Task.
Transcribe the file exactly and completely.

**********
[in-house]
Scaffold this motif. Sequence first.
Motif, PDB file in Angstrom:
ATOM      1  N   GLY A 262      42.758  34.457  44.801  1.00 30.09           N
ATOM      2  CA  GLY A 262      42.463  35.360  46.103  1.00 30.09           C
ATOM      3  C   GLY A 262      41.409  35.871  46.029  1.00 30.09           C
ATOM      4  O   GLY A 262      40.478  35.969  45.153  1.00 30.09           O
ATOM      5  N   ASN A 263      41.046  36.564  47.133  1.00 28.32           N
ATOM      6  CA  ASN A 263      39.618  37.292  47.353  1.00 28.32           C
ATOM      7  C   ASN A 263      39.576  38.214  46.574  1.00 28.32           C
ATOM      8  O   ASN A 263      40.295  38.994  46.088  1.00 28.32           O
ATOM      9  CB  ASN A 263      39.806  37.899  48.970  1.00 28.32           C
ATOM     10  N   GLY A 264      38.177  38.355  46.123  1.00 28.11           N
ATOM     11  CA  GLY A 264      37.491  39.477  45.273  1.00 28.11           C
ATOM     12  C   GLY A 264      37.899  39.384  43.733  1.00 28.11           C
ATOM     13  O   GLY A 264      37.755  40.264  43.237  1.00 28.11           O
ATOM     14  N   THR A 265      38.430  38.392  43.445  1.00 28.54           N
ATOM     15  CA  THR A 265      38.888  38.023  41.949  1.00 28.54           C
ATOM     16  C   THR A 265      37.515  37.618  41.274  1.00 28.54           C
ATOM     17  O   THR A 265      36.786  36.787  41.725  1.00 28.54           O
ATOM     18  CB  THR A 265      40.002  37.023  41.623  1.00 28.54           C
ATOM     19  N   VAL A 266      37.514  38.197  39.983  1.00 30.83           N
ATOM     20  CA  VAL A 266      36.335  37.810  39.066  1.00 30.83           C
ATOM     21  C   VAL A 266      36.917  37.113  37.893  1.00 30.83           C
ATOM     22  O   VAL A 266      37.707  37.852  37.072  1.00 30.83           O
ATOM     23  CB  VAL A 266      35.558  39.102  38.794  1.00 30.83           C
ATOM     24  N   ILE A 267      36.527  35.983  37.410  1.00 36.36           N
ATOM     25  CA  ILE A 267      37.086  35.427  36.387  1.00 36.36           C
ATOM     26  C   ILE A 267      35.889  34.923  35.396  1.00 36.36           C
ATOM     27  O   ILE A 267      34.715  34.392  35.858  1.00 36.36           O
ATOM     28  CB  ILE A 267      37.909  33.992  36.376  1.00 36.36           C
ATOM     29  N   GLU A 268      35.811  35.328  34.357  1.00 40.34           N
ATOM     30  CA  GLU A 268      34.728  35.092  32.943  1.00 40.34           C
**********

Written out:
[in-house]
Scaffold this motif. Sequence first.
Motif, PDB file in Angstrom:
ATOM      1  N   GLY A 262      42.758  34.457  44.801  1.00 30.09           N
ATOM      2  CA  GLY A 262      42.463  35.360  46.103  1.00 30.09           C
ATOM      3  C   GLY A 262      41.409  35.871  46.029  1.00 30.09           C
ATOM      4  O   GLY A 262      40.478  35.969  45.153  1.00 30.09           O
ATOM      5  N   ASN A 263      41.046  36.564  47.133  1.00 28.32           N
ATOM      6  CA  ASN A 263      39.618  37.292  47.353  1.00 28.32           C
ATOM      7  C   ASN A 263      39.576  38.214  46.574  1.00 28.32           C
ATOM      8  O   ASN A 263      40.295  38.994  46.088  1.00 28.32           O
ATOM      9  CB  ASN A 263      39.806  37.899  48.970  1.00 28.32           C
ATOM     10  N   GLY A 264      38.177  38.355  46.123  1.00 28.11           N
ATOM     11  CA  GLY A 264      37.491  39.477  45.273  1.00 28.11           C
ATOM     12  C   GLY A 264      37.899  39.384  43.733  1.00 28.11           C
ATOM     13  O   GLY A 264      37.755  40.264  43.237  1.00 28.11           O
ATOM     14  N   THR A 265      38.430  38.392  43.445  1.00 28.54           N
ATOM     15  CA  THR A 265      38.888  38.023  41.949  1.00 28.54           C
ATOM     16  C   THR A 265      37.515  37.618  41.274  1.00 28.54           C
ATOM     17  O   THR A 265      36.786  36.787  41.725  1.00 28.54           O
ATOM     18  CB  THR A 265      40.002  37.023  41.623  1.00 28.54           C
ATOM     19  N   VAL A 266      37.514  38.197  39.983  1.00 30.83           N
ATOM     20  CA  VAL A 266      36.335  37.810  39.066  1.00 30.83           C
ATOM     21  C   VAL A 266      36.917  37.113  37.893  1.00 30.83           C
ATOM     22  O   VAL A 266      37.707  37.852  37.072  1.00 30.83           O
ATOM     23  CB  VAL A 266      35.558  39.102  38.794  1.00 30.83           C
ATOM     24  N   ILE A 267      36.527  35.983  37.410  1.00 36.36           N
ATOM     25  CA  ILE A 267      37.086  35.427  36.387  1.00 36.36           C
ATOM     26  C   ILE A 267      35.889  34.923  35.396  1.00 36.36           C
ATOM     27  O   ILE A 267      34.715  34.392  35.858  1.00 36.36           O
ATOM     28  CB  ILE A 267      37.909  33.992  36.376  1.00 36.36           C
ATOM     29  N   GLU A 268      35.811  35.328  34.357  1.00 40.34           N
ATOM     30  CA  GLU A 268      34.728  35.092  32.943  1.00 40.34           C